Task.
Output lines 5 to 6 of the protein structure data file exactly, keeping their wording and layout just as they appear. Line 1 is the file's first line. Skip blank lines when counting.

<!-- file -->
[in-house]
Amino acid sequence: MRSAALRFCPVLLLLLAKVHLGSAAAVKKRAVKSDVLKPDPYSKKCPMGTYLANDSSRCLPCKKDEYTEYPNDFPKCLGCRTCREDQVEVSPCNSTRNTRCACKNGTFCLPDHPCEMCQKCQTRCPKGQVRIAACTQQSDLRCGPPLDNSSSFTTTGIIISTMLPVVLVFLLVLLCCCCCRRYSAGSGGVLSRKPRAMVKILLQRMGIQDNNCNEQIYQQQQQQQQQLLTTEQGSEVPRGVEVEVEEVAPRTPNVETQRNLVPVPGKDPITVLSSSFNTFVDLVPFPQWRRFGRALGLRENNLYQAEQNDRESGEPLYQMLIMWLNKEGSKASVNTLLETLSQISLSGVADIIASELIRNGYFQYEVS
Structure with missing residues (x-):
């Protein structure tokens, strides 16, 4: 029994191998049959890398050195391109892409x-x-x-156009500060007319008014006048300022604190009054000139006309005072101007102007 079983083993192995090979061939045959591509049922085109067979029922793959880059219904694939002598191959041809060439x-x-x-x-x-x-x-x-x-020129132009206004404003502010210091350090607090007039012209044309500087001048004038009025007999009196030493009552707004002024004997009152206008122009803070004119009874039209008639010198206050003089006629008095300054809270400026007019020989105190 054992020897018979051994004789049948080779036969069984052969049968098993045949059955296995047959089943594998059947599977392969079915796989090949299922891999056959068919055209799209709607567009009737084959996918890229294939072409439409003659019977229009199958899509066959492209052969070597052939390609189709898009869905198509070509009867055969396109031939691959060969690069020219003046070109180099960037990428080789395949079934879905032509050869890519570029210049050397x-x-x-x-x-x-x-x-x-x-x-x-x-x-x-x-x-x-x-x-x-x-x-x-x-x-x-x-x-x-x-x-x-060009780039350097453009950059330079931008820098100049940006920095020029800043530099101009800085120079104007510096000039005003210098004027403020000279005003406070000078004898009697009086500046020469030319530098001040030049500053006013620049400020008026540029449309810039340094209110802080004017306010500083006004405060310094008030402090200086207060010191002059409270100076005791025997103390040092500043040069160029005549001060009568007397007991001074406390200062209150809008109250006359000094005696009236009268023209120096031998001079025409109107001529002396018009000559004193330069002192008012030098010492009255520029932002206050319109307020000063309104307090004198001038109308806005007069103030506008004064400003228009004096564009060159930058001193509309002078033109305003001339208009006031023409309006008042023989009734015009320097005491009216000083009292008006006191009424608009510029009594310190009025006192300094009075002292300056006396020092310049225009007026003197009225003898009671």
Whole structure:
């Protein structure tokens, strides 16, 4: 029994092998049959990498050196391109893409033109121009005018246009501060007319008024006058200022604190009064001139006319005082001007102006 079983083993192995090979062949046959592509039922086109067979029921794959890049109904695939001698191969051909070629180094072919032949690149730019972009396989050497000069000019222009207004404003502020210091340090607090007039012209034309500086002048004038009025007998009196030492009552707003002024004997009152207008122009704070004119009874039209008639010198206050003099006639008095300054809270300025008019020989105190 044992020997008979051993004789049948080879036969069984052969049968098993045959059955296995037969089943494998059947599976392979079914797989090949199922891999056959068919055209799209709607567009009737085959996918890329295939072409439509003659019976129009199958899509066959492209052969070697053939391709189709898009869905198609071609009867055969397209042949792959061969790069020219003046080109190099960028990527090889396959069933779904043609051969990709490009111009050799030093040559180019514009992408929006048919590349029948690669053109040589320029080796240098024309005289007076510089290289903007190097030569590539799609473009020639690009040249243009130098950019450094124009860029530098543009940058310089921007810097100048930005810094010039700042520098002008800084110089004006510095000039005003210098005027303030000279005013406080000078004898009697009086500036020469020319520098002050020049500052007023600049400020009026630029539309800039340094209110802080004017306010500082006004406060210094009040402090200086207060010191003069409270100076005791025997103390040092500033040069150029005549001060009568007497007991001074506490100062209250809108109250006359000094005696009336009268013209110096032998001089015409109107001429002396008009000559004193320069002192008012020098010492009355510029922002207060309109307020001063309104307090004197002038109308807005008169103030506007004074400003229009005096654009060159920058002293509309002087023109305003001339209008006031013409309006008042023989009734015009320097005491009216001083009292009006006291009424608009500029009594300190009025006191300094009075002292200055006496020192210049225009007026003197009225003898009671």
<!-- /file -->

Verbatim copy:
Whole structure:
């Protein structure tokens, strides 16, 4: 029994092998049959990498050196391109893409033109121009005018246009501060007319008024006058200022604190009064001139006319005082001007102006 079983083993192995090979062949046959592509039922086109067979029921794959890049109904695939001698191969051909070629180094072919032949690149730019972009396989050497000069000019222009207004404003502020210091340090607090007039012209034309500086002048004038009025007998009196030492009552707003002024004997009152207008122009704070004119009874039209008639010198206050003099006639008095300054809270300025008019020989105190 044992020997008979051993004789049948080879036969069984052969049968098993045959059955296995037969089943494998059947599976392979079914797989090949199922891999056959068919055209799209709607567009009737085959996918890329295939072409439509003659019976129009199958899509066959492209052969070697053939391709189709898009869905198609071609009867055969397209042949792959061969790069020219003046080109190099960028990527090889396959069933779904043609051969990709490009111009050799030093040559180019514009992408929006048919590349029948690669053109040589320029080796240098024309005289007076510089290289903007190097030569590539799609473009020639690009040249243009130098950019450094124009860029530098543009940058310089921007810097100048930005810094010039700042520098002008800084110089004006510095000039005003210098005027303030000279005013406080000078004898009697009086500036020469020319520098002050020049500052007023600049400020009026630029539309800039340094209110802080004017306010500082006004406060210094009040402090200086207060010191003069409270100076005791025997103390040092500033040069150029005549001060009568007497007991001074506490100062209250809108109250006359000094005696009336009268013209110096032998001089015409109107001429002396008009000559004193320069002192008012020098010492009355510029922002207060309109307020001063309104307090004197002038109308807005008169103030506007004074400003229009005096654009060159920058002293509309002087023109305003001339209008006031013409309006008042023989009734015009320097005491009216001083009292009006006291009424608009500029009594300190009025006191300094009075002292200055006496020192210049225009007026003197009225003898009671």